Talks and Travels
One of the highlights of our organization's year happened in mid-October, with the visit of our annual Guest Speaker. Professor Carol Symes (Illinois at Urbana-Champaign). She participated in a number of workshop activities with graduate students, and also delivered a very well-received and well-attended keynote speech, "Performative Texts, Popular Literacies, and the Media Revolution of Medieval Europe." (See event flyer to the right.)
While some people were coming to visit us, some of our own members were roaming further afield. Katherine Massoth travelled to Taos, New Mexico, to participate in the Food Across Borders: Production, Consumption, and Boundary Crossing in North America Symposium of the William P. Clements Center for Southwest Studies of Southern Methodist University and the Comparative Border Studies Program at Arizona State University. The symposium focuses on how food practices have created coercions and collaborations across North America. Katherine and the other participants will meet again in Scottsdale, Arizona on February 20-21, 2015 for a public symposium.
Michelle Seiler, who is undertaking research in the UK as a Schallek Fellow of the Medieval Academy of America, wrote a blog post about the historical parallels between self-government in modern Scotland and in the medieval British borough, one on medieval chess-playing delinquents, and another on the medieval churches of the English town of Ipswich.
Back here in Iowa City, Marlino Mubai spoke at our October Forum (see below right) on the challenges historians face when writing about events which they themselves experienced first-hand. In "'I write what I lived': Personal experience and historical research in Mozambique", Marlino discussed how growing up during the Mozambican Civil War has shaped both what he chooses to study and how he carries out his research. In our November forum, Eric Zimmer spoke on "Four Hours in Indian Country: Calvin Coolidge, Pine Ridge, and Indian Policy Reform in the Late Progressive Era."
Paul Mokrzycki published a new article:
"'A Flower Smashed by a Rock': Race, Gender, and Innocence in American Missing Children Cases, 1978-Present." The NeoAmericanist 7:1 (Fall/Winter 2013-2014). [Read online]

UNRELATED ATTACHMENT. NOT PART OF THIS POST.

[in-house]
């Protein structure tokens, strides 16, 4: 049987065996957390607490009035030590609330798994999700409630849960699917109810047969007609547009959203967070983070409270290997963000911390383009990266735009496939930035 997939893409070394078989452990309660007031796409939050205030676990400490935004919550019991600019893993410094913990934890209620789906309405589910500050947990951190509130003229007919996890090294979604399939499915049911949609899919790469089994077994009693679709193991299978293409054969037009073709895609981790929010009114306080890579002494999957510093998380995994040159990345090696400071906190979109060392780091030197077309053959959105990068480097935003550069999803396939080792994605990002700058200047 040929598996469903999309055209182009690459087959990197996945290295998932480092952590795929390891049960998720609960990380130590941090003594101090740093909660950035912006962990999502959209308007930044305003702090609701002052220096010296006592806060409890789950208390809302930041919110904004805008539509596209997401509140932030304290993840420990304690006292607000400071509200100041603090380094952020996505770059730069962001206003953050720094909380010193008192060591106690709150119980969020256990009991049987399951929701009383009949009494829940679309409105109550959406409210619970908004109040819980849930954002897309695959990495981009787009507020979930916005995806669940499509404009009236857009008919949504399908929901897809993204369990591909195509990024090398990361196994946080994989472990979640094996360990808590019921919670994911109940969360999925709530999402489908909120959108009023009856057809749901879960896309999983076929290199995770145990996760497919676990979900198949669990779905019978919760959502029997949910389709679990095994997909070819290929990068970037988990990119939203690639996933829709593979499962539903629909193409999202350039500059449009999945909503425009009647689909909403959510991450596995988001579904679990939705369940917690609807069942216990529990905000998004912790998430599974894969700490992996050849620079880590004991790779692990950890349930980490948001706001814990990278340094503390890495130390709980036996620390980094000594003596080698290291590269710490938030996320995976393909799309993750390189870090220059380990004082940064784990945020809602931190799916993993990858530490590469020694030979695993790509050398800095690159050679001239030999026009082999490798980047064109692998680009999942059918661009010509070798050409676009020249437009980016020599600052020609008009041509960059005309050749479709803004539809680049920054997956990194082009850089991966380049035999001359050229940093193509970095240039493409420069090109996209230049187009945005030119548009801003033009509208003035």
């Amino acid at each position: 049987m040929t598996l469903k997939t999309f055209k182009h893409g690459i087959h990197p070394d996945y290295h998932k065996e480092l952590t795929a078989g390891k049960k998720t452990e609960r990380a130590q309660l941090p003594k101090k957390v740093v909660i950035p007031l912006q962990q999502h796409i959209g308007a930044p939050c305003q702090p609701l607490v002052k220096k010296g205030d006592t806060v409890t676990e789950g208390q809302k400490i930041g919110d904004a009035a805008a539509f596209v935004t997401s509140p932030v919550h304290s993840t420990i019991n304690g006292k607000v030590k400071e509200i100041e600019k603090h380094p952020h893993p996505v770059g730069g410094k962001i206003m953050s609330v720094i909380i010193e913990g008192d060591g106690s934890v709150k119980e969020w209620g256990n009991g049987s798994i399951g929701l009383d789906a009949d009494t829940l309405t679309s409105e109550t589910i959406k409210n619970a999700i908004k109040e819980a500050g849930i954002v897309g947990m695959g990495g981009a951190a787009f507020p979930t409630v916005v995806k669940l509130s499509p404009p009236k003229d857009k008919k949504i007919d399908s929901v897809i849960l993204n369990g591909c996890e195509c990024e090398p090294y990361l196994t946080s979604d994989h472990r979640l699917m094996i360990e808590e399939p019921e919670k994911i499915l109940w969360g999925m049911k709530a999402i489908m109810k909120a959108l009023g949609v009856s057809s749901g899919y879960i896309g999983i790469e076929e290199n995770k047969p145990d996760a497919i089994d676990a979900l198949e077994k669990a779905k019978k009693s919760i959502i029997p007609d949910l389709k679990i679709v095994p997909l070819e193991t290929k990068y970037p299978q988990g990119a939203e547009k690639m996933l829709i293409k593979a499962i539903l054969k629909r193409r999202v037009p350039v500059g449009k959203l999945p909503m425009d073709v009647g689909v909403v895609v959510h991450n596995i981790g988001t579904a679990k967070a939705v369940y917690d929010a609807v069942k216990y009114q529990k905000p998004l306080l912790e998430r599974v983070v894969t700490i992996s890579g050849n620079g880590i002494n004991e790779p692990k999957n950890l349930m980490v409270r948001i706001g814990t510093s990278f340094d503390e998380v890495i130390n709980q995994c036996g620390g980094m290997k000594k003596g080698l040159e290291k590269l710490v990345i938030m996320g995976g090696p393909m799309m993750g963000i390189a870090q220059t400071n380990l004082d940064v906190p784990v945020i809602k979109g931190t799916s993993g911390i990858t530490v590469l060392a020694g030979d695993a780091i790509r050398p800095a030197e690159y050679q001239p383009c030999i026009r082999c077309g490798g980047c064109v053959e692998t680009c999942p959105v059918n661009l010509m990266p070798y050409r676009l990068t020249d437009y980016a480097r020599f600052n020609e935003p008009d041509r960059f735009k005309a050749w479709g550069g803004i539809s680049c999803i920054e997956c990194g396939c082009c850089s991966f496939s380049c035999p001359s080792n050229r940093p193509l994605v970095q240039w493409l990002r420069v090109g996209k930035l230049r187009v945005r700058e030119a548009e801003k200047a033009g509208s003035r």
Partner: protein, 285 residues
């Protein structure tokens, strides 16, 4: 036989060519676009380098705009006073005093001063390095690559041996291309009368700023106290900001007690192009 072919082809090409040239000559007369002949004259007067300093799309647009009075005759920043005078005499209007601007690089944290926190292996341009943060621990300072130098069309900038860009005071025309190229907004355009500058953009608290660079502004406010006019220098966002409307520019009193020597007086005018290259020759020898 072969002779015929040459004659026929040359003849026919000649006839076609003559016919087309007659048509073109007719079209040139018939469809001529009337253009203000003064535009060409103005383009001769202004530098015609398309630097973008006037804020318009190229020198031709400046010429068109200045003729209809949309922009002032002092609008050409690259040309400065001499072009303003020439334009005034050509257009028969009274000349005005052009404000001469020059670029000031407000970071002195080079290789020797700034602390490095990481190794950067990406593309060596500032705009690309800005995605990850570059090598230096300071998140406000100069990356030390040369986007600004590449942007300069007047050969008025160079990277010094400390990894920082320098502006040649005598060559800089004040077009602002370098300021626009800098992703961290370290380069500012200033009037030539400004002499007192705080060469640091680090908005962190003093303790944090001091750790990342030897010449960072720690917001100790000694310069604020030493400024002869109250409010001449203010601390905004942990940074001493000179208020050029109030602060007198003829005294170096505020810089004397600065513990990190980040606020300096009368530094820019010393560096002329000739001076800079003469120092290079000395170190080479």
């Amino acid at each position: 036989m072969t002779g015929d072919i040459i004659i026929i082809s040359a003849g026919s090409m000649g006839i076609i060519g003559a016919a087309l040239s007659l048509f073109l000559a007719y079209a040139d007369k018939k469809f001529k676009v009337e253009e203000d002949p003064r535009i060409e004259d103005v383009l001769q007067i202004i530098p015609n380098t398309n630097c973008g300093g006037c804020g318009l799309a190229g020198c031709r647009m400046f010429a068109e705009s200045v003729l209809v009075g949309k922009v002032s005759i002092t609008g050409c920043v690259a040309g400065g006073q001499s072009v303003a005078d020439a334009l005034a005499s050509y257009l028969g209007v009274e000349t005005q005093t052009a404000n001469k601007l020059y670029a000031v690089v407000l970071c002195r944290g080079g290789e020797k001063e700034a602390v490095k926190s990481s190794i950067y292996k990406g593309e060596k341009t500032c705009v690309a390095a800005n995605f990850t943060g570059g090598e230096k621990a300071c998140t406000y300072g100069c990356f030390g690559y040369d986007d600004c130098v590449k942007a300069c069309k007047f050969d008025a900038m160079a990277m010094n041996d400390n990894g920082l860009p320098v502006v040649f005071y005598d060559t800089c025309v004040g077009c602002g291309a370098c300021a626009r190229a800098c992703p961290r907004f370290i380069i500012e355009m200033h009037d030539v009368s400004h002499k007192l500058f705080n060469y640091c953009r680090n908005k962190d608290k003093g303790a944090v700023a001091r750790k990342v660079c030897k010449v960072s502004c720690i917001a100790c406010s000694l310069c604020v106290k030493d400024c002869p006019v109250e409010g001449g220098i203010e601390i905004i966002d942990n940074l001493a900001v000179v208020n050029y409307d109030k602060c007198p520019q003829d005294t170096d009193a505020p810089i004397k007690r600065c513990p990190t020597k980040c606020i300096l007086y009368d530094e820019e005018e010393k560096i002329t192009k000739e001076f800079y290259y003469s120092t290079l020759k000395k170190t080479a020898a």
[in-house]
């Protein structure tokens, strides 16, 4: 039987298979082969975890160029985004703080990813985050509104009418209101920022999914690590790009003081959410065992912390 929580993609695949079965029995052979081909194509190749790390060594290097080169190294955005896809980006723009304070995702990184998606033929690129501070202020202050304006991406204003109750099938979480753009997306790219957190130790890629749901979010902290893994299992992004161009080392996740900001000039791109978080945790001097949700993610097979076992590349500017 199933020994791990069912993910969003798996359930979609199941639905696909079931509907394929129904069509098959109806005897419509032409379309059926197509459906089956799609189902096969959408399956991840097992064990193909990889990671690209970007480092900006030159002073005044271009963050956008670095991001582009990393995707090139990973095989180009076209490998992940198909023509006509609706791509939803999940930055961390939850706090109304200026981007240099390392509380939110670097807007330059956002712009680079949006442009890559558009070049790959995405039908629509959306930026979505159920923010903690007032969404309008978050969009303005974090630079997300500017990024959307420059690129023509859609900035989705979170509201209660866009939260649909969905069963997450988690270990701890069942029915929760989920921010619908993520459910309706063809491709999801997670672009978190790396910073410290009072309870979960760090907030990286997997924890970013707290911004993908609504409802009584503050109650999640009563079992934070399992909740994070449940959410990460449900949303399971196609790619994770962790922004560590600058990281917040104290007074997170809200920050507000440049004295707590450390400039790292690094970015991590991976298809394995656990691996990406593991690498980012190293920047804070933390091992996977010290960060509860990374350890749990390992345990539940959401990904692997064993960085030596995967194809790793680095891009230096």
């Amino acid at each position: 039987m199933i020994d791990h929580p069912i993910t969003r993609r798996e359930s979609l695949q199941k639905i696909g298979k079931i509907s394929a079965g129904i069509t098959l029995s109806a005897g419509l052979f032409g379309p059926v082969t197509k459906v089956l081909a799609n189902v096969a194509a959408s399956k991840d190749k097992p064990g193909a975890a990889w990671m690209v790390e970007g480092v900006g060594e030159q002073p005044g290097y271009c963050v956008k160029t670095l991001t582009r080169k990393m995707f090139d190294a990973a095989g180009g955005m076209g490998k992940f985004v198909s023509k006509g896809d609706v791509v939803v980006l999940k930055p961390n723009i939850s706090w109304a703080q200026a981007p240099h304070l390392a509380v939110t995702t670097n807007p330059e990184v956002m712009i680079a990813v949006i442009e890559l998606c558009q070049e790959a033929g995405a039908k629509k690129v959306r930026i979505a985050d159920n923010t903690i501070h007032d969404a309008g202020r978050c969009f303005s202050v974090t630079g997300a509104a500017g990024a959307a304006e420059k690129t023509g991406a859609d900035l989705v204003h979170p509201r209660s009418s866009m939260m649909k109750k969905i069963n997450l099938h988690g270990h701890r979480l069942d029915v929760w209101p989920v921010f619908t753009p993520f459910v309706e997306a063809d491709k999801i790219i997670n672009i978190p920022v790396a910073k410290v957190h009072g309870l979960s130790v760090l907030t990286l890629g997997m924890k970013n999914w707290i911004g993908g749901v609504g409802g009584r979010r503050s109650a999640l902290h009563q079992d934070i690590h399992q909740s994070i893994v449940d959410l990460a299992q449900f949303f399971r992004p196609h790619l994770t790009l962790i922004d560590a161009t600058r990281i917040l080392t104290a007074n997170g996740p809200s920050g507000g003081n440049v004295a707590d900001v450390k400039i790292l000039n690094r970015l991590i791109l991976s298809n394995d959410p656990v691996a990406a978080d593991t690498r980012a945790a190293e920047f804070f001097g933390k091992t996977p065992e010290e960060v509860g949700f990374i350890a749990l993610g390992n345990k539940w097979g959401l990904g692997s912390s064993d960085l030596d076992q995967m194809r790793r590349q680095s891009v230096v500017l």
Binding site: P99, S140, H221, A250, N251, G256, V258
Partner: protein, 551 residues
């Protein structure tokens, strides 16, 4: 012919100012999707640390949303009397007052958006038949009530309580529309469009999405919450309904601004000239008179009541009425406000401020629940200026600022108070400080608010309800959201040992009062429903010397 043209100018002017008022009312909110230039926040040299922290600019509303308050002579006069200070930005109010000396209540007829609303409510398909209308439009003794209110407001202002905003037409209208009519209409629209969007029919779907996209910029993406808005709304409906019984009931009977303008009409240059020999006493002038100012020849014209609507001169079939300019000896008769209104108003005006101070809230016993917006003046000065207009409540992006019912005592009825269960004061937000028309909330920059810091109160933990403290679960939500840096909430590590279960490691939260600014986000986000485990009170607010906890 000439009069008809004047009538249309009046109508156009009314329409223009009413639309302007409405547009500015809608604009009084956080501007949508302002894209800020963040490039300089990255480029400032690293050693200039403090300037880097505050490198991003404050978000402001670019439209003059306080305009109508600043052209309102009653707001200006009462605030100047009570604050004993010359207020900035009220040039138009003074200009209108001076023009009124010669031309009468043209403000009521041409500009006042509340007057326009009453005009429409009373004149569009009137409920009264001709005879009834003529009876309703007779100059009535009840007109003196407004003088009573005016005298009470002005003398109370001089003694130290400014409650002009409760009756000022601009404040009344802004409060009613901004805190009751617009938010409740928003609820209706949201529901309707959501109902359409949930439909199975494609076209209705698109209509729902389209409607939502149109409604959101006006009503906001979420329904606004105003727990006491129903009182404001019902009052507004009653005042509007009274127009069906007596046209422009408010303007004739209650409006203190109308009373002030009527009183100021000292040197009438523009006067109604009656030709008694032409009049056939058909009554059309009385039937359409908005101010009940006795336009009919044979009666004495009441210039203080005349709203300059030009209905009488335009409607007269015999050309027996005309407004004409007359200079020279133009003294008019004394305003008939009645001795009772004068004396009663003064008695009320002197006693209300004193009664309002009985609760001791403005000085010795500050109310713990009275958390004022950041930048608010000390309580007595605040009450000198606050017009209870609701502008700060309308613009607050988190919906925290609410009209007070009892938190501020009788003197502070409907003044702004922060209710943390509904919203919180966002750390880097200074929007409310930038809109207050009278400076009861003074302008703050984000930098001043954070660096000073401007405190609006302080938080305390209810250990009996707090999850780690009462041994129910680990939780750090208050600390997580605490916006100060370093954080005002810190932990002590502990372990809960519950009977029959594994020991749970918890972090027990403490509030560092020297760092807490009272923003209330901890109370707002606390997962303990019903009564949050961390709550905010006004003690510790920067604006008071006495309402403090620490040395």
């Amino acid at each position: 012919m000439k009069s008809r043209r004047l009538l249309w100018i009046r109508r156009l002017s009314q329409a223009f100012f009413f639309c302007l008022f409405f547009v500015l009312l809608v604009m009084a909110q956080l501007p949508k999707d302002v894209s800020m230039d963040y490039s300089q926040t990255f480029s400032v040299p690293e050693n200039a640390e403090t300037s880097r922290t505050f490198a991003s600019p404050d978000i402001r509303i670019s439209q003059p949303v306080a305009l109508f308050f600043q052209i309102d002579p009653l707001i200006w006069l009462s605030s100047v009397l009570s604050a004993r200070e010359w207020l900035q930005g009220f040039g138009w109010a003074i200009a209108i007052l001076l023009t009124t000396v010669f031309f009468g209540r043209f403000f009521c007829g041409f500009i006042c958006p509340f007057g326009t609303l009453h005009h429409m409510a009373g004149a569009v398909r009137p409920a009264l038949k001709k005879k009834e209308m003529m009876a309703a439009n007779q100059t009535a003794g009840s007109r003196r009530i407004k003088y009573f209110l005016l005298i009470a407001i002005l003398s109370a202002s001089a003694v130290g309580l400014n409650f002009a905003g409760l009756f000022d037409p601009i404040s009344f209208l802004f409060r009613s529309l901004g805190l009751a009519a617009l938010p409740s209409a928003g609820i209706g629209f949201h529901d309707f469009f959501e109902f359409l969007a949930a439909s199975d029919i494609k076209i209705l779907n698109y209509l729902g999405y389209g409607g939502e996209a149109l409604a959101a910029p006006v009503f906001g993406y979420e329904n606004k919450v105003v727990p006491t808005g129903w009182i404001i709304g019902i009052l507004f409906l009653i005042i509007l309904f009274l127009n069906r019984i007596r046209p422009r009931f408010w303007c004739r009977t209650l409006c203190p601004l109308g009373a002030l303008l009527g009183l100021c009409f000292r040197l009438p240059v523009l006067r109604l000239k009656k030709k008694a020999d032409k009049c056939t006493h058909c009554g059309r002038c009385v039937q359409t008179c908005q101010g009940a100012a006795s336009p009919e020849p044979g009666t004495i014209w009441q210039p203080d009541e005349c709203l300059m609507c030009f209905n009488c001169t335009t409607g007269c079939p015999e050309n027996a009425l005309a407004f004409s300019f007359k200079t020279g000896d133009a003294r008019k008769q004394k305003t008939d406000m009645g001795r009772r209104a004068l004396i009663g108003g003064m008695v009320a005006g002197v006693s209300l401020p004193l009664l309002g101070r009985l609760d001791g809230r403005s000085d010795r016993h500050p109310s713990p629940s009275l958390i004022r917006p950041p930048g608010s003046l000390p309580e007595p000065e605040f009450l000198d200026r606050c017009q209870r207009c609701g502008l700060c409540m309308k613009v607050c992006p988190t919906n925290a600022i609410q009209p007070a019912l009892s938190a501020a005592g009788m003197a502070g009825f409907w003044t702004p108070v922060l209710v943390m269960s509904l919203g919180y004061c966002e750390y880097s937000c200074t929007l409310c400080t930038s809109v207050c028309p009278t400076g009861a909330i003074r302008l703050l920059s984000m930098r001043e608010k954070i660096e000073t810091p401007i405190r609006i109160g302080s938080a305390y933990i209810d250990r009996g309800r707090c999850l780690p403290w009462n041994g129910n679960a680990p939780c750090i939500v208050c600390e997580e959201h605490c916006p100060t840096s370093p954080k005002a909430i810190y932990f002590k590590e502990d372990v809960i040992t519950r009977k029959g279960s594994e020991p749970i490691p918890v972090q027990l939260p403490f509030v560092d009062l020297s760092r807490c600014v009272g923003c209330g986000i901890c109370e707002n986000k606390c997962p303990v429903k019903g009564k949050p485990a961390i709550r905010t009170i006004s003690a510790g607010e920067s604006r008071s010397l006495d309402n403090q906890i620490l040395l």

This reflects Paul's doctoral research on the politics of child protection in the modern U.S. He has also contributed to an article in the Chronicle of Higher Education, entitled "The Midwest Revealed: Not Always So Sunny," about his efforts to establish the Middle West Review, a new interdisciplinary journal focused on the history of the American Midwest.
Another member of our Americanist contingent, Eric Zimmer, also had a new publication:
"Settlement Sovereignty: The Meskwaki Fight for Self-Governance, 1856-1937." The Annals of Iowa 73:4 (Fall 2014).
"Martial Affection and Expectations in a 14th Century Parisian Court." Hortulus: the Online Graduate Journal of Medieval Studies 11:1 (Fall 2014), 3-24. [Read online]
Yvonne Seale published a book review in the Fall 2014 issue of Hortulus:
Review of Celia Chazelle, Simon Doubleday, Felice Lifshitz and Amy G. Remensnyder, eds., Why the Middle Ages Matter: Medieval Light on Modern Injustice. New York: Routledge, 2012, in Hortulus: the Online Graduate Journal of Medieval Studies, 11:1 (Fall 2014), 67-71. [Read online]
Join in the Conversation
Several of our members have recently dipped their toes into the world of social media. If you'd like to follow along with the very latest in their work, you can subscribe to the GHS Member List on Twitter. [Link]